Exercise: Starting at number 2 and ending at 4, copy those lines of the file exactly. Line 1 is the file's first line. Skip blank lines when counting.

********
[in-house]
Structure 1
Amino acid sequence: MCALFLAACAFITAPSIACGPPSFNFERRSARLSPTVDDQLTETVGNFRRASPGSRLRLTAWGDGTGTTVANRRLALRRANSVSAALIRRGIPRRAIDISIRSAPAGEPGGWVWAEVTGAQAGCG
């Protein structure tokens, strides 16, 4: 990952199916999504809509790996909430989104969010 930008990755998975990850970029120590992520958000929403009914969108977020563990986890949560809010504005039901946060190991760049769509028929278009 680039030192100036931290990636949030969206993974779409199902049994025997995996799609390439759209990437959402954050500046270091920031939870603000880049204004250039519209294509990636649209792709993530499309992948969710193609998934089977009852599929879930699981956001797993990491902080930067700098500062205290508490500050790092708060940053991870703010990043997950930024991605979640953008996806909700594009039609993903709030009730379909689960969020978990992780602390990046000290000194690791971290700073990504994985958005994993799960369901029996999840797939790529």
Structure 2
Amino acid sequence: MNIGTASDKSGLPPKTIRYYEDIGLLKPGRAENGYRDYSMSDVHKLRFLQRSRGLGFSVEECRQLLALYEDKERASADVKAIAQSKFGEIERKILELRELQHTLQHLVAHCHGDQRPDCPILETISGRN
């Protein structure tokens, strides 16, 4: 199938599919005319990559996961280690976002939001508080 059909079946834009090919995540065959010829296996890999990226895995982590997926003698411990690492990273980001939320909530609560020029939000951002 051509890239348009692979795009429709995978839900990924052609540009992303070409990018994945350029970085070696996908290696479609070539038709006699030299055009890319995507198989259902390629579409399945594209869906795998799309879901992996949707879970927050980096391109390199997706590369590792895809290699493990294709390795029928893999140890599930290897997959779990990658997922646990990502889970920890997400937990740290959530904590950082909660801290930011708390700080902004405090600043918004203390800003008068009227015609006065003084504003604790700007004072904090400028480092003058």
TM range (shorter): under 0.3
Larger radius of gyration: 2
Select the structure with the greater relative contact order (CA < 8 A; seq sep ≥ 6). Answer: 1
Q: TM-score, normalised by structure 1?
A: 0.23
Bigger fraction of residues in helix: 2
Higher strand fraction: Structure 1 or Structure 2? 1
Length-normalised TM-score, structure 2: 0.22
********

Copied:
Structure 1
Amino acid sequence: MCALFLAACAFITAPSIACGPPSFNFERRSARLSPTVDDQLTETVGNFRRASPGSRLRLTAWGDGTGTTVANRRLALRRANSVSAALIRRGIPRRAIDISIRSAPAGEPGGWVWAEVTGAQAGCG
């Protein structure tokens, strides 16, 4: 990952199916999504809509790996909430989104969010 930008990755998975990850970029120590992520958000929403009914969108977020563990986890949560809010504005039901946060190991760049769509028929278009 680039030192100036931290990636949030969206993974779409199902049994025997995996799609390439759209990437959402954050500046270091920031939870603000880049204004250039519209294509990636649209792709993530499309992948969710193609998934089977009852599929879930699981956001797993990491902080930067700098500062205290508490500050790092708060940053991870703010990043997950930024991605979640953008996806909700594009039609993903709030009730379909689960969020978990992780602390990046000290000194690791971290700073990504994985958005994993799960369901029996999840797939790529």